Farmland birds suffer steep declines © istockphoto
“We can’t have farmland birds at the level they used to be with the agricultural system we have today” claimed the UK Government’s chief scientific advisor, Professor Ian Boyd, at a meeting discussing UK agricultural strategy in London last week. His assessment came on the day the Department for the Environment, Food and Rural Affairs (DEFRA) released new figures showing Britain’s farmland bird populations have reached their lowest level on record.
Yet, despite the growing chorus of disquiet, the government seems hell-bent on turning the screw tighter under the guise of ‘sustainable intensification’, the main topic in the room at the UK agriculture strategy session. Professor Boyd made clear his part in balancing agriculture with the environment: “I and my colleagues put the information up and ask society through their elected politicians to make that choice.” The continued decline of once-common farmland birds shows policy-makers aren’t listening.
According to DEFRA’s own latest statistics, farmland bird populations have dropped by more than half over the last forty years with the biggest dip happening between the late 1970s and early 1990s. That was when intensification really took hold, with its chemical-soaked monocultures of crops, the demise of mixed farming and increased use of pesticides. Hardest hit have been the farmland specialists like the grey partridge, turtle dove, tree sparrow and corn bunting – down by over 85 per cent in four decades. Strong downturns in more recent times have been shown by species like the skylark, lapwing, starling and kestrel.
Britain’s soils have only 100 harvests left
© Peter Zvonar
It’s not only birds at risk from over-intensive farming as scientists warn that Britain’s soils have only 100 harvests left. “With a growing population to feed, and the nutrients in our soil in sharp decline, we may soon see an agricultural crisis,” said Professor Nigel Dunnett of Sheffield University.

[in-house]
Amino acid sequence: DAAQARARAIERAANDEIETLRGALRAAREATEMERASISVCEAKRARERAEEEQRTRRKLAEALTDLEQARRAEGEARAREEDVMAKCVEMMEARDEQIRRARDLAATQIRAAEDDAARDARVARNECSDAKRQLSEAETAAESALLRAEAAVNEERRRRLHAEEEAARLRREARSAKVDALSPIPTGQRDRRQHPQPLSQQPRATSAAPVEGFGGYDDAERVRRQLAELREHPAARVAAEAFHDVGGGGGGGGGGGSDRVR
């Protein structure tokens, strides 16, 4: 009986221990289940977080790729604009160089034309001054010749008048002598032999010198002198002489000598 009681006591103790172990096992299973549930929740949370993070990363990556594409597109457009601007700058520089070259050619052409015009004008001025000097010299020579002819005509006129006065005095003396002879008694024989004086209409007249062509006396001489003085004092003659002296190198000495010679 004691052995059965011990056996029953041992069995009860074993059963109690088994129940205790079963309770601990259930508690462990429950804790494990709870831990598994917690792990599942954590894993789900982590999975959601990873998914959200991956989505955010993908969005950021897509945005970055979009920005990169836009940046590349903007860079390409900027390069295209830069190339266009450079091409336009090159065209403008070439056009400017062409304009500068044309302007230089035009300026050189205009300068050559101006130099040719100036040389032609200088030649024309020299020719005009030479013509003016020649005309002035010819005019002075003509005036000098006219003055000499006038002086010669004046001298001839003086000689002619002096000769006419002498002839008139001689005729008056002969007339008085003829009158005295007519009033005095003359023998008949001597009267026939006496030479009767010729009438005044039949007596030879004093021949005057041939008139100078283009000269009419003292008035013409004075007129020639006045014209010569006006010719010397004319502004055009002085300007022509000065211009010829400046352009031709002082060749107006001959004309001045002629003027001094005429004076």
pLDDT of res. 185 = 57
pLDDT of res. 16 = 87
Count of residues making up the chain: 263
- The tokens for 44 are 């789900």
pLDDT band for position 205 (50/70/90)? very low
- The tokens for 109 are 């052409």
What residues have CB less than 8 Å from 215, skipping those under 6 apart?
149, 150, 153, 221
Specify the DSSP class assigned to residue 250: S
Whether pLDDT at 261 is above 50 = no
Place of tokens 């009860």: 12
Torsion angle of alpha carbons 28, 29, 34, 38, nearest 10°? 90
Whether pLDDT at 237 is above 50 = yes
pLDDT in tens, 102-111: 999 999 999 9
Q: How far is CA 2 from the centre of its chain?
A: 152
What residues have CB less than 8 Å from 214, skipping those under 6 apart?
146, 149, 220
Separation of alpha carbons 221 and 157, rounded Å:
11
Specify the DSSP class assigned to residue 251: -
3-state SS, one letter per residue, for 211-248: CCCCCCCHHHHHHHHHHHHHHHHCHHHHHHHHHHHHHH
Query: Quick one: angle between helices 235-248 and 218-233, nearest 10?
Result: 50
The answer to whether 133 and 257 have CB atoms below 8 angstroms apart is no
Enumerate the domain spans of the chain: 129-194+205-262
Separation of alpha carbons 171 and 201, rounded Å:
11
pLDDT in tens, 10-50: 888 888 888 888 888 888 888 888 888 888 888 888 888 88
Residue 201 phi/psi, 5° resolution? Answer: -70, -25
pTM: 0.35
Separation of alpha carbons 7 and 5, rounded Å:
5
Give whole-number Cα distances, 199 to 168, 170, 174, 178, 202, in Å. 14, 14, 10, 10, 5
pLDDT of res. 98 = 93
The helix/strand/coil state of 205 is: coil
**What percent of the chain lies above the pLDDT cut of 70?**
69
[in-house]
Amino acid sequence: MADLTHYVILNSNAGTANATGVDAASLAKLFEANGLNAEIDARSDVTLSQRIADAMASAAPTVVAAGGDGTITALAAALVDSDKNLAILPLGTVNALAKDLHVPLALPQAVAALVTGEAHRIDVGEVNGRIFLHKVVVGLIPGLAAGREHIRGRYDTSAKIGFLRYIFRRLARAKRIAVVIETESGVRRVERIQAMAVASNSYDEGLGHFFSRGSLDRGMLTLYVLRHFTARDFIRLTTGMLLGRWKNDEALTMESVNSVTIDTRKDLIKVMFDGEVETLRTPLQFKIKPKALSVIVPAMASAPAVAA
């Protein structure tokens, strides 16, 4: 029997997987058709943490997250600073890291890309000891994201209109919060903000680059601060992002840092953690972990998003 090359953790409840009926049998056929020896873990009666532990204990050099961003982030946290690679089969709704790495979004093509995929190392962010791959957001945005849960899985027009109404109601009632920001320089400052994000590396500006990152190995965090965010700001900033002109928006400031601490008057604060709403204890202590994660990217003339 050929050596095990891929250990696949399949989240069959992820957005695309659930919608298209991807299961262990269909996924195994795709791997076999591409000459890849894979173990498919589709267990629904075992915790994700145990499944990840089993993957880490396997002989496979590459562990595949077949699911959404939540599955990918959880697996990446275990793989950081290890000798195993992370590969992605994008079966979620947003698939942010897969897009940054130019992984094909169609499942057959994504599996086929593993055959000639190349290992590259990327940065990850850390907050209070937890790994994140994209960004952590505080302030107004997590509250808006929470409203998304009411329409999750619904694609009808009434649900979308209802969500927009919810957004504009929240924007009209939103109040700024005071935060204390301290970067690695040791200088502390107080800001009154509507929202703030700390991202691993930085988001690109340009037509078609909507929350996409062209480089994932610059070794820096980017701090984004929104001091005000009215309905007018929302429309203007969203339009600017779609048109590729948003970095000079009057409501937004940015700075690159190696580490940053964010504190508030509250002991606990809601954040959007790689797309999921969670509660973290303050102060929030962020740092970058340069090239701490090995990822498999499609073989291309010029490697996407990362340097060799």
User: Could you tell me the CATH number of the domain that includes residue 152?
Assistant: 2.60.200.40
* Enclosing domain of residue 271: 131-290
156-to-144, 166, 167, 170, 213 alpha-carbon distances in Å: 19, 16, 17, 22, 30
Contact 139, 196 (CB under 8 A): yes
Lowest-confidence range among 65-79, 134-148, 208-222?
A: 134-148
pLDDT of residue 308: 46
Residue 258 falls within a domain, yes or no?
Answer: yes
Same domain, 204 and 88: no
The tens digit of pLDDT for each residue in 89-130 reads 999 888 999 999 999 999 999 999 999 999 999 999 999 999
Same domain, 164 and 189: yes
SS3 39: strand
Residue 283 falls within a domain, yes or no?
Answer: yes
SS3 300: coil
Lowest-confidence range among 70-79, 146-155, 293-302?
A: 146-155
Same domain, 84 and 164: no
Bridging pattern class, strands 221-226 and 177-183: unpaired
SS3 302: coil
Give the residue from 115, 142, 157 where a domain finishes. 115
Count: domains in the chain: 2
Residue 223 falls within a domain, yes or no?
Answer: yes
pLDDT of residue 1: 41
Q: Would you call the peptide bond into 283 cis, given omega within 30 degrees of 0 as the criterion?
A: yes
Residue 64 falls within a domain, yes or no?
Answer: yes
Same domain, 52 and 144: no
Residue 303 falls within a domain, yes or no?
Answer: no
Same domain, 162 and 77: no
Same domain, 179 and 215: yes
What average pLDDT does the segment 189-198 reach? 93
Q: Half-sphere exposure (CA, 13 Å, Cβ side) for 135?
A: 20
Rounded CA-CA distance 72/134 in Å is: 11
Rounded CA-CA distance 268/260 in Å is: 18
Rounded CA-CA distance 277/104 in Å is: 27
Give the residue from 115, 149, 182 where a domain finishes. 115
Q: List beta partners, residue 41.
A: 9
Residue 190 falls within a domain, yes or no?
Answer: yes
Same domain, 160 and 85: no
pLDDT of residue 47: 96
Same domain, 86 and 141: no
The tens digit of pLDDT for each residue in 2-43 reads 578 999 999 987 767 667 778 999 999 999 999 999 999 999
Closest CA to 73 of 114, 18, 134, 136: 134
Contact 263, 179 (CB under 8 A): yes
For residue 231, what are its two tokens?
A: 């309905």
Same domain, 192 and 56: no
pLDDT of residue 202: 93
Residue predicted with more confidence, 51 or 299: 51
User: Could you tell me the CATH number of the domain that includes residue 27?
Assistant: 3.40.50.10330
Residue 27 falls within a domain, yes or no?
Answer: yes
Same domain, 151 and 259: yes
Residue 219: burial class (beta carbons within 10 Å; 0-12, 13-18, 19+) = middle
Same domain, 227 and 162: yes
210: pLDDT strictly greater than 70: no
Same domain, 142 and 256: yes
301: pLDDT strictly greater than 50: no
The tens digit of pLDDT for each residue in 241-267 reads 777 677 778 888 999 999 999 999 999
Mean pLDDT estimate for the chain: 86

“Meanwhile we are also seeing a sharp decrease in biodiversity in the UK which has a disastrous knock-on effect on our wildlife. Lack of pollinators means reduction in food,” he told The Independent newspaper.
Threat of ‘Silent Spring’ remains
As pesticide protagonists lick wounds over recent EU action to ban the use of neonicotinoids on crops used by bees, there are fears that a ‘Silent Spring’ could still become reality: the highly respected International Union for the Conservation of Nature (IUCN) warns that global use of these pesticides is responsible for ongoing threats similar to those “posed by organophosphates or DDT”.
Birds and bees have become just as much a victim of agricultural intensification as the pigs, chickens and cows crammed into factory farms. The industrial rearing of animals goes hand in hand with intensive crop production, often grown to feed incarcerated animals. Concerted action is needed to ensure that farming becomes genuinely humane and sustainable. Sadly, strong interests and blinkered thinking seem determined to stand in the way.